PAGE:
“So if you think the captain is an extremist, then I’m afraid that 51 percent of Malaysians share that extremism. That’s how many people voted for the opposition party,” Chin-Huat said. “This situation generates anger, frustration and depression because it seems you can’t remove a government through elections. But the anger is understandable.”
“Him wearing a T-shirt that says ‘Democracy is Dead,’” Chin-Huat said, “is no different than Americans’ reaction in 2000 when Al Gore lost to George Bush.”
Tabloids’ screaming speculation that Zaharie hijacked the plane in “political protest” is hard to reconcile with the total lack — as far as we know — of a manifesto recovered by police on searches of his home and computer. Without a public declaration of intent, the killing of 239 people (plus himself and his co-pilot) would also be rendered completely pointless.
That hasn’t stopped Fox News from calling him an “obsessive follower” of anti-government politics, or its pundits claiming that “experts” believe his politics are a “cause of concern … is it a political or ideological act of protest?”
Zaharie, a highly competent English speaker, has a light presence on social media. His YouTube channel, featuring his mundane and geeky tutorials on home repair, has become a haven for both consolation and cruel trolling.
Zaharie also appears to have clicked “like” on a number of atheism-themed YouTube clips, which suggests a degree of unorthodox broadmindedness in Malaysia’s puritanical society. The state holds Islam so sacrosanct that citizens declared “Muslim” at birth are forbidden from legally switching faiths.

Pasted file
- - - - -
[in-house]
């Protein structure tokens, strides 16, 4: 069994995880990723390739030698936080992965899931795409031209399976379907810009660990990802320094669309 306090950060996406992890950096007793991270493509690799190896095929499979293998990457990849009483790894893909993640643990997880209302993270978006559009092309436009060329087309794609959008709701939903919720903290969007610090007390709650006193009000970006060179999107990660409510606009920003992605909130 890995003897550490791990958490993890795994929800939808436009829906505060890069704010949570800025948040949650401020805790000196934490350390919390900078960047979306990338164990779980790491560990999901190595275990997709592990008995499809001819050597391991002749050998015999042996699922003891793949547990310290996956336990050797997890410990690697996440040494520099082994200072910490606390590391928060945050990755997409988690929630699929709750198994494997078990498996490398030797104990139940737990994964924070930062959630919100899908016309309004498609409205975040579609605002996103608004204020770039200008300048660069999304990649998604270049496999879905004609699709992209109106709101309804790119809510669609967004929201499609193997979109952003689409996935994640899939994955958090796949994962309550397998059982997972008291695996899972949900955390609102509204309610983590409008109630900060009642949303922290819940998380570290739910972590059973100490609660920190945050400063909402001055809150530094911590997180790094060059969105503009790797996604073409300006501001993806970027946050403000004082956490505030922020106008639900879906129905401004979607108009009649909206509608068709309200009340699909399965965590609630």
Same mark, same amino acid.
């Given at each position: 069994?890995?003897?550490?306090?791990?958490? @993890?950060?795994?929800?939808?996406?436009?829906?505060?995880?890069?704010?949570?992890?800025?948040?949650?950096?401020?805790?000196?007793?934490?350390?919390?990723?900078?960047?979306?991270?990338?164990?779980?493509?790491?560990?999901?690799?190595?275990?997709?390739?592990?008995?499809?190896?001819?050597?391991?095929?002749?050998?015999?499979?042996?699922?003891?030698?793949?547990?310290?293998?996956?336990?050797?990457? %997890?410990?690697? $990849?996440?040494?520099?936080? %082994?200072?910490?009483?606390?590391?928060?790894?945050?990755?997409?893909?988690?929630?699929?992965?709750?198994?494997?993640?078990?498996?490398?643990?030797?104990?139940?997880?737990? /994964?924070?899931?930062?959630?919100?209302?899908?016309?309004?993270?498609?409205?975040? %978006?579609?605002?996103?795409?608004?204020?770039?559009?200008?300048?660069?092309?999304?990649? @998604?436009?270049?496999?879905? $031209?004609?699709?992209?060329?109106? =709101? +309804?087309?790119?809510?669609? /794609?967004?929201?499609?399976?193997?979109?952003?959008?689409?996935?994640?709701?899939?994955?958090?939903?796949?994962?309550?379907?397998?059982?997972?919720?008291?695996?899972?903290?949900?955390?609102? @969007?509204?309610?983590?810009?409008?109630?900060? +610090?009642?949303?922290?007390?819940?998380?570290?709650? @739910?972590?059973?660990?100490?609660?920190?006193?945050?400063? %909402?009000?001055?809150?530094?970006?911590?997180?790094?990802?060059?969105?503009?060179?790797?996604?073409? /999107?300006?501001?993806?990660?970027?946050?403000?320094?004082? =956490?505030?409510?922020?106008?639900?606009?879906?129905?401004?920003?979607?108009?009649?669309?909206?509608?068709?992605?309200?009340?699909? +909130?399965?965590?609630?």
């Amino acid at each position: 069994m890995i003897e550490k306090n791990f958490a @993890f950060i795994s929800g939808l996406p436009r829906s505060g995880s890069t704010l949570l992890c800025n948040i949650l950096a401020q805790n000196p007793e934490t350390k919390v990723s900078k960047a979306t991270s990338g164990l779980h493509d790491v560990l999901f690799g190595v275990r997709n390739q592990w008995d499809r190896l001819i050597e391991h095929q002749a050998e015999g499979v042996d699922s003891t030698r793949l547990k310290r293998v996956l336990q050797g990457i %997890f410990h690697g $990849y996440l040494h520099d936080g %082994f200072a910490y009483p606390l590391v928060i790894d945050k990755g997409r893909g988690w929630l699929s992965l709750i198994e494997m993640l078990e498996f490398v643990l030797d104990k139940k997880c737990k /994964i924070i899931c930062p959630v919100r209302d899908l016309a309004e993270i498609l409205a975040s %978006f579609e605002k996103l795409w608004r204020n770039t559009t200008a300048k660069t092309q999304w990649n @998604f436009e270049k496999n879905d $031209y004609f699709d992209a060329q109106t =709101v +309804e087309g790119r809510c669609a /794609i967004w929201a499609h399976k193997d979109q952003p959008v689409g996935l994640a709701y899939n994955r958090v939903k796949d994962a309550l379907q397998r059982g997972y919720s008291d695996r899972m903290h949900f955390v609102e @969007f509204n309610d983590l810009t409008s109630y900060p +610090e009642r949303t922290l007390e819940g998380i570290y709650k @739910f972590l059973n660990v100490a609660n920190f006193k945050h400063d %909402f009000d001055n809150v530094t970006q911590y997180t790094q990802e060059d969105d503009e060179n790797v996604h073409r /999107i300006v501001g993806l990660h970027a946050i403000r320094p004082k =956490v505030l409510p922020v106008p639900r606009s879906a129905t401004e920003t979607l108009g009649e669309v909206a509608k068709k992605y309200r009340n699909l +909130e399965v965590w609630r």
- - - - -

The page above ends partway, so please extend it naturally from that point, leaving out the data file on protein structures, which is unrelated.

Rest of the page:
Multinational investigations into the bizarre vanishing of flight MH370 have grown more agonizing by the day. Satellite data indicate the Boeing 777 could have ended up as far as the Kazakhstan hinterlands or the depths of the Indian Ocean.
Malaysia’s premier has declared the plane’s disappearance “deliberate” and police have sharpened their focus onto Zaharie and his co-pilot. So far, authorities have not identified any others aboard the plane who appear capable of the expert navigation skills displayed after the jet veered off its scheduled Kuala Lumpur to Beijing route.
Investigating both pilots’ beliefs, mental state, behavior and belongings is necessary as long as 239 passengers and a 770,000-pound jet are missing. But so far, no publicly available evidence suggests Zaharie’s political beliefs were deranged or unhealthy.
Quite the opposite. The captain’s opposition to Malaysia’s flawed government — with its legacy of race-baiting, draconian laws and censorship — should be relatable to many Americans.
And if it turns out Zaharie’s politics somehow played a role in the flight’s disappearance?
Given everything we currently know, blaming Malaysia’s popular opposition would still be misplaced. That’s like blaming actress Jodie Foster for the 1981 attempted assassination of President Ronald Reagan — all because the mentally ill gunman wanted to impress her.
(map via bbc)